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Each year, 200,000 Americans are hospitalized due to flu-related complications. That number can rise or fall often dramatically based on the effectiveness of the selected flu vaccine, according to Dr. Jorge Parada, director of infection prevention and control at Loyola University Health System.
The newly approved 2011 2012 flu vaccine is exactly the same as the one for 2010/2011, and again will target both the H1N1 flu and seasonal flu virus:
- A/California/7/09 (H1N1) like virus (pandemic (H1N1) 2009 influenza virus.)
- A/Perth/16/2009 (H3N2)-like virus.
- B/Brisbane/60/2008-like virus.
"Southeast Asia experiences the flu first and then it is spread globally," Parada explains. "A panel of influenza experts examines what is happening there and bases the flu vaccine on what they are seeing to prevent and attenuate the disease."
Parada says last years vaccine was effective. "The prediction was right on," he says. "And even though the vaccine is the same this year, people will still need to get a new vaccination."
The flu vaccination is usually good for six months of prevention.
People can potentially catch the flu three times in one season. "There are two species of influenza that typically infect humans, influenza A and influenza B," Parada adds. "And there are two strains of infuenza A, one of which is commonly called the Swine Flu."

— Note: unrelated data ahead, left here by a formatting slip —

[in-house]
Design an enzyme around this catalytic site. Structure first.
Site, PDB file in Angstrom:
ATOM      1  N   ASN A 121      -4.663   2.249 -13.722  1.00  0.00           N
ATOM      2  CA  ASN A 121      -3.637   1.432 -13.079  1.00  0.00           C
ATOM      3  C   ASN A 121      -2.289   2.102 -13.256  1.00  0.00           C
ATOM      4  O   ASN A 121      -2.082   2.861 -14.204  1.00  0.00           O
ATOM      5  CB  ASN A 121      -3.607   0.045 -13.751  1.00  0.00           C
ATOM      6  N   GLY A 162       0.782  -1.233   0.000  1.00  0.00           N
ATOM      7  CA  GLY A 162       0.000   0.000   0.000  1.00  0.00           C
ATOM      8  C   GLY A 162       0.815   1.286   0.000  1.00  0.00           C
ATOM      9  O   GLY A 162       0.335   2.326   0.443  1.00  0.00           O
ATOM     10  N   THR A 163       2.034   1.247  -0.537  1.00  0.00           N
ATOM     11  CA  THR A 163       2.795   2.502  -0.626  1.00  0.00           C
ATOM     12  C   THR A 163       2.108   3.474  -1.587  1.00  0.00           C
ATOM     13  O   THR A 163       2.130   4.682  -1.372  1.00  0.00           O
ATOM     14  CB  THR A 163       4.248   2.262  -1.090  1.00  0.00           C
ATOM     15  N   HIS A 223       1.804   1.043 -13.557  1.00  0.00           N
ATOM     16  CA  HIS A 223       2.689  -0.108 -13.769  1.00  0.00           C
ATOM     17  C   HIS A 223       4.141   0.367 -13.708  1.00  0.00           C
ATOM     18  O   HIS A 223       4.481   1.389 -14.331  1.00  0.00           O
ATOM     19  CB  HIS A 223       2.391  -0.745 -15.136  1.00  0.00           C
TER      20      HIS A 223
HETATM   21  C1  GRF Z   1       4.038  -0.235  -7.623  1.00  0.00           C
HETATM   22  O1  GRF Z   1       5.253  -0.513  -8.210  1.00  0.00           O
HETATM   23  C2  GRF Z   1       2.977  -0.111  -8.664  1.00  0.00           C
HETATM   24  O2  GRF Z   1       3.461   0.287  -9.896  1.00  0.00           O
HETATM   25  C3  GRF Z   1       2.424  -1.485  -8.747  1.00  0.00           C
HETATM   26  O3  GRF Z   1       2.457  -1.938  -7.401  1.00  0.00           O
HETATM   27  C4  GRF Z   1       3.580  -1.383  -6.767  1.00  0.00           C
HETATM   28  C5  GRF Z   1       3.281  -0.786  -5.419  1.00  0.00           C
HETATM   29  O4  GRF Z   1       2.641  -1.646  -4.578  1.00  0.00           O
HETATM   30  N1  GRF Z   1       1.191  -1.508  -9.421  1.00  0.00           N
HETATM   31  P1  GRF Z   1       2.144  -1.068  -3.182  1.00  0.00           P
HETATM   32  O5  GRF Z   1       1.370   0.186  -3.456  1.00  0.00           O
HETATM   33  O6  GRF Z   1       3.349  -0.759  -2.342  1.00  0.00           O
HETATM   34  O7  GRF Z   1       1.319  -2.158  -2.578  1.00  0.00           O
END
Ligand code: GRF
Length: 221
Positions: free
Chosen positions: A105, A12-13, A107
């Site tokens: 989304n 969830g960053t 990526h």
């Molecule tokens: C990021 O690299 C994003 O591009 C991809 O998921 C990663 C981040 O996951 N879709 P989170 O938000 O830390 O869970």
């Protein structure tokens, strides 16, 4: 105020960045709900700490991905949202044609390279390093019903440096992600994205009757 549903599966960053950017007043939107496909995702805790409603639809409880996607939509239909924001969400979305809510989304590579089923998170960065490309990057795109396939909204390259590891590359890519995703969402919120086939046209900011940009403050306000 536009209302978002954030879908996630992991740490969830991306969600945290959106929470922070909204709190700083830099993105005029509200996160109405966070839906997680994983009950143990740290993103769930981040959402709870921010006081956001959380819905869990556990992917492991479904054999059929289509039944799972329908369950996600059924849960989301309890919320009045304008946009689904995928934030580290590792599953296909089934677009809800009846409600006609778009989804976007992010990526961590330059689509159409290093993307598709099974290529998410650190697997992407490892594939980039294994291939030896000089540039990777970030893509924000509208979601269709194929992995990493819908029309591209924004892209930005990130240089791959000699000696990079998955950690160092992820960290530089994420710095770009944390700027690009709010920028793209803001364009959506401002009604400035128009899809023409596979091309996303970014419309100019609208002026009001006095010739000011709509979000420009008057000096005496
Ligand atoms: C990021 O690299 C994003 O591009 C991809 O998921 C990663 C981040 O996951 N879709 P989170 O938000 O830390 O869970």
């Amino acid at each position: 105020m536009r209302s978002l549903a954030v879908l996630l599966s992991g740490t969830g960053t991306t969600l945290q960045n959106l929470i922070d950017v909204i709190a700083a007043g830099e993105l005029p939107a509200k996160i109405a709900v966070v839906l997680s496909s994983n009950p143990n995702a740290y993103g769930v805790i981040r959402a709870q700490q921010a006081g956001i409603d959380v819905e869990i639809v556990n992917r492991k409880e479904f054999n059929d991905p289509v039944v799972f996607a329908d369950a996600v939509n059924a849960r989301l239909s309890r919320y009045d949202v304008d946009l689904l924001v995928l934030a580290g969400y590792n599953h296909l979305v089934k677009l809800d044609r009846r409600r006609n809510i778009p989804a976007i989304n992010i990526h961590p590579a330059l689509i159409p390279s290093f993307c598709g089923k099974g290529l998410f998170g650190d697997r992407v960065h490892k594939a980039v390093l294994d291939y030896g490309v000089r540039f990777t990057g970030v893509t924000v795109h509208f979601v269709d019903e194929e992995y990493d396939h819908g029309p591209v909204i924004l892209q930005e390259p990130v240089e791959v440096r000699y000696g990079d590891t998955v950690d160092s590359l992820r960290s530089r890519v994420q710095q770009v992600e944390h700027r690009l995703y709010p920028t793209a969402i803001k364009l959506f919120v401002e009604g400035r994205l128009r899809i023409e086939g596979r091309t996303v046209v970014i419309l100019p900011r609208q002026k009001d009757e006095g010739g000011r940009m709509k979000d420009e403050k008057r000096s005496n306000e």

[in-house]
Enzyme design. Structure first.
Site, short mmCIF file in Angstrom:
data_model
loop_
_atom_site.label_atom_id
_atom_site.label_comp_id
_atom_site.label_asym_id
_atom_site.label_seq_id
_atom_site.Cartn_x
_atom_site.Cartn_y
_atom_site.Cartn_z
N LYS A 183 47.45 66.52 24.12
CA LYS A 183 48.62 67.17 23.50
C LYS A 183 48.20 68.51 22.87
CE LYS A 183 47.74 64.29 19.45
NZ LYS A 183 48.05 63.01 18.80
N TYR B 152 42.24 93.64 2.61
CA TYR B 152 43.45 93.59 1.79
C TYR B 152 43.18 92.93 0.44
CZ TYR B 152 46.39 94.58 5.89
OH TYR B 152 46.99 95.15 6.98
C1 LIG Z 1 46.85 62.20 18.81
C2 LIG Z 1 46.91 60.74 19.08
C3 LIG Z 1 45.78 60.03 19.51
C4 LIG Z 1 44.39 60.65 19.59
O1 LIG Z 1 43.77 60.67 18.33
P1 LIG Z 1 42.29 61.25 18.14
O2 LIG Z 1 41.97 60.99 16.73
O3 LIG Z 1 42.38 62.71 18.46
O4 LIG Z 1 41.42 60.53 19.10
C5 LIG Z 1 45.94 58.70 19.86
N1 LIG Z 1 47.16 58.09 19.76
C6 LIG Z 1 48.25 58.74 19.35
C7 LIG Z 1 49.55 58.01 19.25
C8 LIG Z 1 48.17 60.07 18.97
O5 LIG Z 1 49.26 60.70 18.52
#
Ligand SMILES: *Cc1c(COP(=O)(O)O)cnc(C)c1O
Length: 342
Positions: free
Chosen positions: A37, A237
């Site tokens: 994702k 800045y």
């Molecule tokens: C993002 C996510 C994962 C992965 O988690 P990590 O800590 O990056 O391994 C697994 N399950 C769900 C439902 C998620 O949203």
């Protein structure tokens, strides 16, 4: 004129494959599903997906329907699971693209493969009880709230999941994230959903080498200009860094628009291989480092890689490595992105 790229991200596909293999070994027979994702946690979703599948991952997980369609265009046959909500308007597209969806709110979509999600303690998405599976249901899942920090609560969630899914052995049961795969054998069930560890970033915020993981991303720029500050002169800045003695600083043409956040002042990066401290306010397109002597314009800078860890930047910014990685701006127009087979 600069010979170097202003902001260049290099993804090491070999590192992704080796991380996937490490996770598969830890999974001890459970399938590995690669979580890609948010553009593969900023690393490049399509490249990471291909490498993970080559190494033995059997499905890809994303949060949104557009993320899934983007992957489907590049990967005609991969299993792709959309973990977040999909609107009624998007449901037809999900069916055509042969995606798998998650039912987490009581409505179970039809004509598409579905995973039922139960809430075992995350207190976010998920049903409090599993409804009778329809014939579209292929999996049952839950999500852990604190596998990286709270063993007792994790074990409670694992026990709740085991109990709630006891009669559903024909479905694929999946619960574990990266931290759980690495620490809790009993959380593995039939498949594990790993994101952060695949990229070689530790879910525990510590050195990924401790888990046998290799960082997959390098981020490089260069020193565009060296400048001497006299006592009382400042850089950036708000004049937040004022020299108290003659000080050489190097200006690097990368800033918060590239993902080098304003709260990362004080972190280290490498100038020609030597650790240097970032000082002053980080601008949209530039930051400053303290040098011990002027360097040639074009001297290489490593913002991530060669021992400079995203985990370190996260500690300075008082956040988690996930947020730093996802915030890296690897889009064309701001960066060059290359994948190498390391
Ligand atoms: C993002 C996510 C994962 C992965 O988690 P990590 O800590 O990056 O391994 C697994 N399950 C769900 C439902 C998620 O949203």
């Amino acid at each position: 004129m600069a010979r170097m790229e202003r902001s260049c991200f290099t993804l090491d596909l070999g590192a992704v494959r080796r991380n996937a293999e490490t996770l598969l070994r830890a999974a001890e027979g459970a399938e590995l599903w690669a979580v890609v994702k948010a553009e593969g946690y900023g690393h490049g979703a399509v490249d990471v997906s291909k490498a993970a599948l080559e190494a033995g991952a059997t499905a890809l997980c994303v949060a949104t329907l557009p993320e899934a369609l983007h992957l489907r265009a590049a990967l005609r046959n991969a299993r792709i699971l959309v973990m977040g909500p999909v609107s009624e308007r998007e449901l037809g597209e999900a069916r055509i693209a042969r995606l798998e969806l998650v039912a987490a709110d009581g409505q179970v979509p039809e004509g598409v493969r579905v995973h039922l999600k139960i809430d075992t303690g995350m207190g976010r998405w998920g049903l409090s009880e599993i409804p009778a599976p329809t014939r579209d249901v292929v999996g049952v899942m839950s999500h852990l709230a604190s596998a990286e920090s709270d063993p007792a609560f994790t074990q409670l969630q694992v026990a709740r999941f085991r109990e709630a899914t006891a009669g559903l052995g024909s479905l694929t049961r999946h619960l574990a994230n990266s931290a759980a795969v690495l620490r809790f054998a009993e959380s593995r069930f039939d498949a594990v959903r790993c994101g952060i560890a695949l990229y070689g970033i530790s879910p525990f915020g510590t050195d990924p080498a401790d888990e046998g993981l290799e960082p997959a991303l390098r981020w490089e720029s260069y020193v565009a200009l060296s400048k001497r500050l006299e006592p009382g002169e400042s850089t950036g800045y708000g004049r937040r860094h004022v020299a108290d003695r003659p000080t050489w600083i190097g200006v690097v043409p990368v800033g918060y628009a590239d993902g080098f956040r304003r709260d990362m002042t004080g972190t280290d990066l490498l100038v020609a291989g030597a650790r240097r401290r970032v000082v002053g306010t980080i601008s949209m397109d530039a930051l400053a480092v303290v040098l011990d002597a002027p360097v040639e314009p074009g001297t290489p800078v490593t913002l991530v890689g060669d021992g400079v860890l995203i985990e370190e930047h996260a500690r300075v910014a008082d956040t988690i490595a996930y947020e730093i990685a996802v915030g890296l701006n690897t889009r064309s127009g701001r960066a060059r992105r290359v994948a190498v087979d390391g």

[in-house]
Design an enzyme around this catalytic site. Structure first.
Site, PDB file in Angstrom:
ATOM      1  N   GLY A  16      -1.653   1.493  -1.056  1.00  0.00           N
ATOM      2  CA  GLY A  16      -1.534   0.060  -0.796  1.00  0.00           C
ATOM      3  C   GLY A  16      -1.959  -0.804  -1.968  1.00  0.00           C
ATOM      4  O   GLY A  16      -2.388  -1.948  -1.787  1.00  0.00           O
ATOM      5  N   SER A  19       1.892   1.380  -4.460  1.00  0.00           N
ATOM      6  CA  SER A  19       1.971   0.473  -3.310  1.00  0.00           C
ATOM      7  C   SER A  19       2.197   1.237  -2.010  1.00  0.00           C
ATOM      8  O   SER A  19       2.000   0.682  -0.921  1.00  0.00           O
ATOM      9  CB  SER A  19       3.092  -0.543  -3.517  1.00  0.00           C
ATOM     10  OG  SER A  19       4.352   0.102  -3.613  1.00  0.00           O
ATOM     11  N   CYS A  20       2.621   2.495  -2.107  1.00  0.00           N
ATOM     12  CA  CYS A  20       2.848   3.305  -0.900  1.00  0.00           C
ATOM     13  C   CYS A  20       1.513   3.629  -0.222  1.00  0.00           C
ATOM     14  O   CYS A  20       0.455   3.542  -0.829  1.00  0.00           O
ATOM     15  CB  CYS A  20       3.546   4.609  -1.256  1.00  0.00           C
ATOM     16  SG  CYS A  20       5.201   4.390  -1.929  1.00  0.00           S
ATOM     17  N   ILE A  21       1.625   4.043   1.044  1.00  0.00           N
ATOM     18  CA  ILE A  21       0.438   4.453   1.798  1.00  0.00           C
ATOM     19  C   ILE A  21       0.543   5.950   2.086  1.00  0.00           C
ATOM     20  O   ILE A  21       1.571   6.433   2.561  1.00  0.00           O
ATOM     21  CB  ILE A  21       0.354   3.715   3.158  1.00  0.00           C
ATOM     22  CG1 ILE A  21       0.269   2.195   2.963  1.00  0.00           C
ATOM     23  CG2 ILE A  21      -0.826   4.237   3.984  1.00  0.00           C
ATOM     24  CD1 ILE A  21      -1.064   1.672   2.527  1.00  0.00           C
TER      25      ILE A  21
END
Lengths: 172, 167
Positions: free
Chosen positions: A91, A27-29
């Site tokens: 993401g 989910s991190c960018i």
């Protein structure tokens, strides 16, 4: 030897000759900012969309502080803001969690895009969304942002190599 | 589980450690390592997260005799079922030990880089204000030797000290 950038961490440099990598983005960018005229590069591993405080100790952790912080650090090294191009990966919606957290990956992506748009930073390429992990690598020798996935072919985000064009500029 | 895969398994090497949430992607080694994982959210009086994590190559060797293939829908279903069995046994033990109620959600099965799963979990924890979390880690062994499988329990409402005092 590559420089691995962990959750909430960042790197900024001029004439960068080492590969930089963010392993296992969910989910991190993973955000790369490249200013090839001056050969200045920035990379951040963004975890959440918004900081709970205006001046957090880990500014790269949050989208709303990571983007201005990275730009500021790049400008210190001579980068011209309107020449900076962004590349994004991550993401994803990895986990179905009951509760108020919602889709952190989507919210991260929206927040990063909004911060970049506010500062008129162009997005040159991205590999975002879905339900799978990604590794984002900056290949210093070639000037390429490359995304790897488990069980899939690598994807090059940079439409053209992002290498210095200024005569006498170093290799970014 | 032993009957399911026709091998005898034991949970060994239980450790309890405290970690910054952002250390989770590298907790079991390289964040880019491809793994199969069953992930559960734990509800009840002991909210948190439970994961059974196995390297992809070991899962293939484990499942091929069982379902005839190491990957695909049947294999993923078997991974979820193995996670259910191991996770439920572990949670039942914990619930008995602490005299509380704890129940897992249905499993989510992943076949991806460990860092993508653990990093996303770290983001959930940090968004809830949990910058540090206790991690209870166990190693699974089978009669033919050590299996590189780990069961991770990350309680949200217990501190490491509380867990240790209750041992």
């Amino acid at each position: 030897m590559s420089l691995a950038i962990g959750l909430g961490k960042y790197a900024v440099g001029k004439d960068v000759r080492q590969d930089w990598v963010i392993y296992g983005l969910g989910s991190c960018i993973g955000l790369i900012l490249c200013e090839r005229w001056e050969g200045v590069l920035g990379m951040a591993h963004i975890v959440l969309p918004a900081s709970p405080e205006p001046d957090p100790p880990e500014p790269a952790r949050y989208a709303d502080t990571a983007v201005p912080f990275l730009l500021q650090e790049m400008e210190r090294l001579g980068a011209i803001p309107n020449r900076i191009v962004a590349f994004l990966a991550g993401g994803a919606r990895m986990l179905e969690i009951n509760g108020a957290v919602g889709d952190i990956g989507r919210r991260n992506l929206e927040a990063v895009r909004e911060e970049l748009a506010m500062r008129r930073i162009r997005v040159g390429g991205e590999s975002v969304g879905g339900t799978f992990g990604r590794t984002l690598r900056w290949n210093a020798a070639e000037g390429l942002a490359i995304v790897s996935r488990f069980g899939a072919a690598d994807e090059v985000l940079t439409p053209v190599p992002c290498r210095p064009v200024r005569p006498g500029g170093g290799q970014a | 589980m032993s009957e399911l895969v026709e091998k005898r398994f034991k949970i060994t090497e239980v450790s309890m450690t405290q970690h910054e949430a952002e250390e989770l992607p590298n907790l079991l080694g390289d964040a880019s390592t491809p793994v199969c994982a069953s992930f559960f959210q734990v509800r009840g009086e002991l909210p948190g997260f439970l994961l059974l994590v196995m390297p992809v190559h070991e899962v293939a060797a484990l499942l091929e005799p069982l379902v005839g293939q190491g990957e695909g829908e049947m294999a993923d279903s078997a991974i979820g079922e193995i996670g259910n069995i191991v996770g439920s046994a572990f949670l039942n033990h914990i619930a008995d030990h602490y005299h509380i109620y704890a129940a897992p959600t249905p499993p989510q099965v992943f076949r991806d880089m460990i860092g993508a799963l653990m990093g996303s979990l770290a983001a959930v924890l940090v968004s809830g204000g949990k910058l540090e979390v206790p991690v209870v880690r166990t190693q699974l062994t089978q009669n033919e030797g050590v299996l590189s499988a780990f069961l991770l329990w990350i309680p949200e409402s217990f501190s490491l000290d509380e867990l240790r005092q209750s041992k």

Unlike measles, that you get once and never get again, people can get forms of the flu over and over. "The flu virus is not stable and mutates, creating new varieties of the flu," Parada says.
The traditional flu season is December, January and February, with January and February being peak months. Because the flu season can vary, Parada advises getting the vaccine as early as possible.
"The 2009-2010 season was an anomaly because the flu presented early and peaked in Chicago in mid October through mid-November," he says. Because of the potential for an early season, Parada says the Loyola medical community is beginning to offer the vaccination in late summer. Gottlieb Memorial Hospital, part of Loyola University Health System, is offering the flu vacinations to patients beginning Sept. 1. "In addition to thwarting an early season, the flu vaccination takes two weeks to build immunity, so the earlier you receive it, the better chance you have of flu prevention."
Parada says his organization, Loyola , has a unique culture of safety and "walks the talk" when it comes to the flu. "This is the third year in a row that flu vaccinations are mandatory for staff, vendors, students and volunteers," he says. "Loyola had more than 99 percent compliance for the flu vaccine last year, netting a double risk reduction and a win-win . Staff were protected from getting infected by patients, and patients were protected from the spread of infection from medical staff." In early July, Parada gave a presentation on the success of Loyolas flu vaccination program at the first International Convention on Prevention And Infection Control sponsored by the Worldwide Health Organization in Geneva, Switzerland.